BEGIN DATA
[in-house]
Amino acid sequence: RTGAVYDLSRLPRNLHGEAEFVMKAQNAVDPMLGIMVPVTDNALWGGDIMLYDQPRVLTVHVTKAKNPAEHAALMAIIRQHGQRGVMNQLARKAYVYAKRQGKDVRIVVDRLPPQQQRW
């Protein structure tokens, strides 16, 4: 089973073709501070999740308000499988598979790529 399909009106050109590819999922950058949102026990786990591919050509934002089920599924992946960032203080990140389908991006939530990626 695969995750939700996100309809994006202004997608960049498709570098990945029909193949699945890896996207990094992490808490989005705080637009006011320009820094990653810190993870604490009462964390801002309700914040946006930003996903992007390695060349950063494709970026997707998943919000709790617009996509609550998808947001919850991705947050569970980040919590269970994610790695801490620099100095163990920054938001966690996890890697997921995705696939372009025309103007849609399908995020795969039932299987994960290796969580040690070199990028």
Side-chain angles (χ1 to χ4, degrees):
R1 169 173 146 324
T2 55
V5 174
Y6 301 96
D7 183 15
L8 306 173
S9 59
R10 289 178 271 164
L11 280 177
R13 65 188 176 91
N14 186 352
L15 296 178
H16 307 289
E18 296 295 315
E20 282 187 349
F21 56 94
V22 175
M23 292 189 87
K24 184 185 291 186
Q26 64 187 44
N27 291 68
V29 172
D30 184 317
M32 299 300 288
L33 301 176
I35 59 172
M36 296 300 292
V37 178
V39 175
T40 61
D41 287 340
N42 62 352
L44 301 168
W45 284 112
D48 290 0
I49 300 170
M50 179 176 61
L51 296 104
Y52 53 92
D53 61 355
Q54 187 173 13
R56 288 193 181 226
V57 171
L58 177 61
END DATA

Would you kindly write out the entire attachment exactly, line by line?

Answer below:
[in-house]
Amino acid sequence: RTGAVYDLSRLPRNLHGEAEFVMKAQNAVDPMLGIMVPVTDNALWGGDIMLYDQPRVLTVHVTKAKNPAEHAALMAIIRQHGQRGVMNQLARKAYVYAKRQGKDVRIVVDRLPPQQQRW
């Protein structure tokens, strides 16, 4: 089973073709501070999740308000499988598979790529 399909009106050109590819999922950058949102026990786990591919050509934002089920599924992946960032203080990140389908991006939530990626 695969995750939700996100309809994006202004997608960049498709570098990945029909193949699945890896996207990094992490808490989005705080637009006011320009820094990653810190993870604490009462964390801002309700914040946006930003996903992007390695060349950063494709970026997707998943919000709790617009996509609550998808947001919850991705947050569970980040919590269970994610790695801490620099100095163990920054938001966690996890890697997921995705696939372009025309103007849609399908995020795969039932299987994960290796969580040690070199990028």
Side-chain angles (χ1 to χ4, degrees):
R1 169 173 146 324
T2 55
V5 174
Y6 301 96
D7 183 15
L8 306 173
S9 59
R10 289 178 271 164
L11 280 177
R13 65 188 176 91
N14 186 352
L15 296 178
H16 307 289
E18 296 295 315
E20 282 187 349
F21 56 94
V22 175
M23 292 189 87
K24 184 185 291 186
Q26 64 187 44
N27 291 68
V29 172
D30 184 317
M32 299 300 288
L33 301 176
I35 59 172
M36 296 300 292
V37 178
V39 175
T40 61
D41 287 340
N42 62 352
L44 301 168
W45 284 112
D48 290 0
I49 300 170
M50 179 176 61
L51 296 104
Y52 53 92
D53 61 355
Q54 187 173 13
R56 288 193 181 226
V57 171
L58 177 61